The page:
Murphy's Law: The Kids Were Impressed


October 20, 2010: Two years of recession has been good for military recruiters. In the last year, not only were all recruiting quotas filled, but record high quality recruits were obtained (in terms of aptitude test scores and physical condition of applicants.) Moreover, more young men have a positive attitude towards the military. Three years ago, a record low 12 percent of military age young men said they would definitely consider joining the military. This year, that has gone to 17 percent and is still climbing. While the media and politicians have mauled the military over operations in Iraq and Afghanistan, the reality of what went on got back to male teenagers (via the web or from older friends who had joined.) The kids were impressed.

On the downside, there is a growing divide in the United States when it comes to how many recruits different regions provide. A disproportionate number of recruits come from southern and the Rocky Mountain states. The northeast, upper Midwest and west coast are much more difficult to recruit from, and the recruits are not as good (less education, overweight, bad attitudes).

Recruiters have the hardest time in urban areas. Five years ago, the Department of Defense concluded that urban high schools were the source of most problems. Not because leftist teachers in some of those schools trying to keep recruiters out, but because so many potential recruits have to be turned down because of the poor education they have received in those schools. While only a fifth of Americans live outside cities and suburbs, nearly half of the qualified recruits come from these rural areas. What's strange about all this is that the rural areas spend much less, per pupil, on education, but get much better results. Part of this can be attributed to differences in cost of living, but a lot of it has to do with simply getting more done with less. Per capita, young people in rural areas are over 20 percent more likely to join the army, than those of the same age in urban areas.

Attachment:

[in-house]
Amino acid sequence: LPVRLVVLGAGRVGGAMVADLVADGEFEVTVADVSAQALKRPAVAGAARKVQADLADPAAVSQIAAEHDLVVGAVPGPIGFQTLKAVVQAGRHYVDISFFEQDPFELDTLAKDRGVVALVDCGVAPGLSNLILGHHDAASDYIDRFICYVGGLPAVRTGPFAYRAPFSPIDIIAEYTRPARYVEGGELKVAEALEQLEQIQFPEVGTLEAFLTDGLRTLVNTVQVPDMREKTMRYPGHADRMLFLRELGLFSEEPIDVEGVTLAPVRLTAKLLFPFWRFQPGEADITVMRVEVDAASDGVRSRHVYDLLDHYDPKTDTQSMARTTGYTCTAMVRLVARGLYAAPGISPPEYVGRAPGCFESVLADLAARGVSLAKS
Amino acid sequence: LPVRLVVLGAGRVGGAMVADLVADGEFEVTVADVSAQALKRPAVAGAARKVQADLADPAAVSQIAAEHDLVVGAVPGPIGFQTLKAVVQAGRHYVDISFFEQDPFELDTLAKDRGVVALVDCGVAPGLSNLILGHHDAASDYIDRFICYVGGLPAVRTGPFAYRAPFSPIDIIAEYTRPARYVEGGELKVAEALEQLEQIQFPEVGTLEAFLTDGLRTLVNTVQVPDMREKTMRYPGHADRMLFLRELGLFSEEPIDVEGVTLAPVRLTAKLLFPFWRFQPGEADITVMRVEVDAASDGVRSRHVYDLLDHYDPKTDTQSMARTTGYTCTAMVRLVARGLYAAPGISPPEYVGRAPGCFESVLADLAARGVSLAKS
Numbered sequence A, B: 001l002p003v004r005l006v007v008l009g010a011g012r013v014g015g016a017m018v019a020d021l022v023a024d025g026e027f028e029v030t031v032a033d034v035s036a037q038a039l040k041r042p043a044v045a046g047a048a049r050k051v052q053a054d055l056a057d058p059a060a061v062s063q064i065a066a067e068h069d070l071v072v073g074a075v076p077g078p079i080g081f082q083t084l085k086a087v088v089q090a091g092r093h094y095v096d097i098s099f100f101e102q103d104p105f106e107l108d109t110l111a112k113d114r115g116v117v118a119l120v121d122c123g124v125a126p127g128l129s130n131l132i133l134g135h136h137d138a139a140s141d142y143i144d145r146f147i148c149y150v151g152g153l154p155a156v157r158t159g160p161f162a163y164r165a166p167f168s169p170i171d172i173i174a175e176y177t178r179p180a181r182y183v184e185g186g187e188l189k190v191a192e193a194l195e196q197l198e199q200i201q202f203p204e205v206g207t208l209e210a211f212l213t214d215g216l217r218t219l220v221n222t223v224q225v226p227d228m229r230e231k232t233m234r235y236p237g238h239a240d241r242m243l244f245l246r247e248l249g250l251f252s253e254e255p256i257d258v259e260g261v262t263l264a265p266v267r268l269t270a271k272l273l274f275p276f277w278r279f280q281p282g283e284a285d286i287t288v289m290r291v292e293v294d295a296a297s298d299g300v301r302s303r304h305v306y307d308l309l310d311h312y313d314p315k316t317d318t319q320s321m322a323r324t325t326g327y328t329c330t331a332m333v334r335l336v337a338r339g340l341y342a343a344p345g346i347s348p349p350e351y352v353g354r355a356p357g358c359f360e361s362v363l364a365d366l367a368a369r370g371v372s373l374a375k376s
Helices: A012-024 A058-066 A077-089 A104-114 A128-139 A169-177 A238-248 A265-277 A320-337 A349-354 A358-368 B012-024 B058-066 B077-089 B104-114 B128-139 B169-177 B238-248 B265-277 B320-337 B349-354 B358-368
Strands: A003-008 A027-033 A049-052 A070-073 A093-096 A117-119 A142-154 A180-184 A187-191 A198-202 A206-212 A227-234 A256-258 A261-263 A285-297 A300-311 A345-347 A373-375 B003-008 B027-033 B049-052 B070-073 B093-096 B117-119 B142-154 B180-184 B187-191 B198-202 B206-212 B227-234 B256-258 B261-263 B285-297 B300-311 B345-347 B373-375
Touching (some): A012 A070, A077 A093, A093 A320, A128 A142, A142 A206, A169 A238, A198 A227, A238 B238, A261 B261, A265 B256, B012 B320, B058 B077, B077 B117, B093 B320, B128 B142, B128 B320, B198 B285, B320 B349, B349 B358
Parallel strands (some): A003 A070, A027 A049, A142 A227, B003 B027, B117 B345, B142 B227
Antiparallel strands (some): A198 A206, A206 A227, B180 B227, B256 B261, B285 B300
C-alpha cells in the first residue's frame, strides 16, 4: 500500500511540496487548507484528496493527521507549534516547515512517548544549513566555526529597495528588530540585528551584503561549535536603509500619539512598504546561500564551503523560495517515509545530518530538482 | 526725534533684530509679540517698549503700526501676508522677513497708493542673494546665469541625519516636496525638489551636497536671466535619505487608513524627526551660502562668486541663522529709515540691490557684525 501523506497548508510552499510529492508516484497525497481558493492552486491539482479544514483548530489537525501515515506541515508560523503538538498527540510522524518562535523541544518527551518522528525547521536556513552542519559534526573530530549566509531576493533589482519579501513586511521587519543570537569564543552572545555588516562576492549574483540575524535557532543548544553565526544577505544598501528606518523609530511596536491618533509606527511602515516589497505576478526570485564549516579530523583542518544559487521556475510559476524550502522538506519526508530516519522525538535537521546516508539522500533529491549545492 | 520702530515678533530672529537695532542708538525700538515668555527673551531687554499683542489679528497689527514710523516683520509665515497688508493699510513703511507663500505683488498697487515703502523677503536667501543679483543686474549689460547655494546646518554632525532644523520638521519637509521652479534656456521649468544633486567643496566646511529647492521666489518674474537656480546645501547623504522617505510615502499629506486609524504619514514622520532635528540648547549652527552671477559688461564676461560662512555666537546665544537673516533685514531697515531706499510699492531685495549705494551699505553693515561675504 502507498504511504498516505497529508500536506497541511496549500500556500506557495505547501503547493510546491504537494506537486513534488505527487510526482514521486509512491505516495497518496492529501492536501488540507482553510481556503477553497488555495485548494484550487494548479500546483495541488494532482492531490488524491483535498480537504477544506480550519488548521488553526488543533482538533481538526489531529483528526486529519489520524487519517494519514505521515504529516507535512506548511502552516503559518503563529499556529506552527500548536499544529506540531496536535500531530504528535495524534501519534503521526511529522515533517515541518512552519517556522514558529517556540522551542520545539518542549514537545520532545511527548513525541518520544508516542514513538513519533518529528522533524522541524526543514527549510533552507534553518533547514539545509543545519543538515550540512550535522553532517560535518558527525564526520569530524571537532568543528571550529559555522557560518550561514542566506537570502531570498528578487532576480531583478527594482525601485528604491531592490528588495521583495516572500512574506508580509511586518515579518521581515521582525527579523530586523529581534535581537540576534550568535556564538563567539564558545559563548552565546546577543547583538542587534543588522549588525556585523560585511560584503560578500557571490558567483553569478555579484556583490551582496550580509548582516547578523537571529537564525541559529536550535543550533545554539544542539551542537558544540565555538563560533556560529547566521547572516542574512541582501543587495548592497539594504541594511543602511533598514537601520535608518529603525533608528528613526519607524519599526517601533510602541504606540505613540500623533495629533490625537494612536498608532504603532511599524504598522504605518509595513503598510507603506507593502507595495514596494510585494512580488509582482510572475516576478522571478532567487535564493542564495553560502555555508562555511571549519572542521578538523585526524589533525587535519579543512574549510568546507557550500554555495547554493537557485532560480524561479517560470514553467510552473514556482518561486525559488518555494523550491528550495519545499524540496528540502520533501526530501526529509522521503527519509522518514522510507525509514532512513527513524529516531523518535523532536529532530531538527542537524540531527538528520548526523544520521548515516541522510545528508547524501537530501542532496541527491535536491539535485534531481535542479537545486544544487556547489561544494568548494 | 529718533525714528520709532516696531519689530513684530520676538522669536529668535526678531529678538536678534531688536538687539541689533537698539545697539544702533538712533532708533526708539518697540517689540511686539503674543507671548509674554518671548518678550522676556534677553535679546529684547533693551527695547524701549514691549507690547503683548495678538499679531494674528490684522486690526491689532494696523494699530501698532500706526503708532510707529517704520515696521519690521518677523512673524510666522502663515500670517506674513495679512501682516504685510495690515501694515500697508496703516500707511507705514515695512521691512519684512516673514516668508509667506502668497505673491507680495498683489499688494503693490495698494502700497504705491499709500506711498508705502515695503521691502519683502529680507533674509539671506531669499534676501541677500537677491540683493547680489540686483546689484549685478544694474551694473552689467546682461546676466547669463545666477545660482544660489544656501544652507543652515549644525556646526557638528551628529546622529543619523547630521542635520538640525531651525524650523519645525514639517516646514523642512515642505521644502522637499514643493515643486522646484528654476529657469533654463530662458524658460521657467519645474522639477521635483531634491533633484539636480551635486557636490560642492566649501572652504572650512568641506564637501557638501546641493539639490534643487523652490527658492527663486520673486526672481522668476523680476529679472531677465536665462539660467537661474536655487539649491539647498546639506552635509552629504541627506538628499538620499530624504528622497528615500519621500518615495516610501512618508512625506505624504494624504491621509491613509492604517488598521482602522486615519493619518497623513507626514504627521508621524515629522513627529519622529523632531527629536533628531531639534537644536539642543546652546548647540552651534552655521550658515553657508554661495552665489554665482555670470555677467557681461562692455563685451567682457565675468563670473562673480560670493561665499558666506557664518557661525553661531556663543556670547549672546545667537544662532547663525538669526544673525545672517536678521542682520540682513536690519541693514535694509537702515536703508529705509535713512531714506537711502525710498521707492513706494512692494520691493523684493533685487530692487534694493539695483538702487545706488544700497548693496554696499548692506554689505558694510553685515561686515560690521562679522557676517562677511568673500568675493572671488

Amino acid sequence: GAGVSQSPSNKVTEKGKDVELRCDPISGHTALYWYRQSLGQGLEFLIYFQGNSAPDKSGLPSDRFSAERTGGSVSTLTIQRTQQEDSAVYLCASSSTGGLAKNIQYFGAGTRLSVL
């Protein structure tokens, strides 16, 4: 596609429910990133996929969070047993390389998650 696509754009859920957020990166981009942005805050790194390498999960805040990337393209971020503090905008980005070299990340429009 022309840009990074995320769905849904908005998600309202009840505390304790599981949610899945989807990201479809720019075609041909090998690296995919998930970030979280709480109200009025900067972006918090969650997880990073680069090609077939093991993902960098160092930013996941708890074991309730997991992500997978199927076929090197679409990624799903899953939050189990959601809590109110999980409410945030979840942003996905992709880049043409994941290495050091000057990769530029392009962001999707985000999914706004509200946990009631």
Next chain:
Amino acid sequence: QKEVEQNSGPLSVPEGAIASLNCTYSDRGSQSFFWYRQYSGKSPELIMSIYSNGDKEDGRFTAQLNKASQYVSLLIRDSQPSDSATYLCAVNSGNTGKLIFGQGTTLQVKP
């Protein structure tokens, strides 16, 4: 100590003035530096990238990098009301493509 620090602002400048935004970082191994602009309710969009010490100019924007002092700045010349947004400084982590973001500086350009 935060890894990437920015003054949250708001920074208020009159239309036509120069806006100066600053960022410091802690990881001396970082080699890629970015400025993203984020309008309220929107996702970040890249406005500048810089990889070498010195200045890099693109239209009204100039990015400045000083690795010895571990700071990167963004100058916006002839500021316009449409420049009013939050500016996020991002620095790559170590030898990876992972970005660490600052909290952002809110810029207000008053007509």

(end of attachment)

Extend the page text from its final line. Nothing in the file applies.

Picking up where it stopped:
The rural recruits are also a lot easier to train, and generally make better soldiers. The urban recruits often have a bad attitude, as well as a difficult time getting along with others, and following instructions. The urban schools deserve some of the blame for this, while rural schools tend to be far more orderly, and put more emphasis on civic responsibility. Many of the urban recruits are aware of these problems, and joined the service to learn useful (for getting a job) social skills. Those skills are more often found among rural recruits because out in the boondocks, people are more involved with local government, and more involved in general. This has been noted in urban neighborhoods, and for decades, many urban parents have sought to send their kids, to live with kin in the country to get the child away from the bad influences of urban life.

Over the last decade, there's been a movement back to the rural areas. Urban areas may be more exciting, and offer more employment opportunities, but they are a tough place to raise kids, or find suitable recruits for the military.




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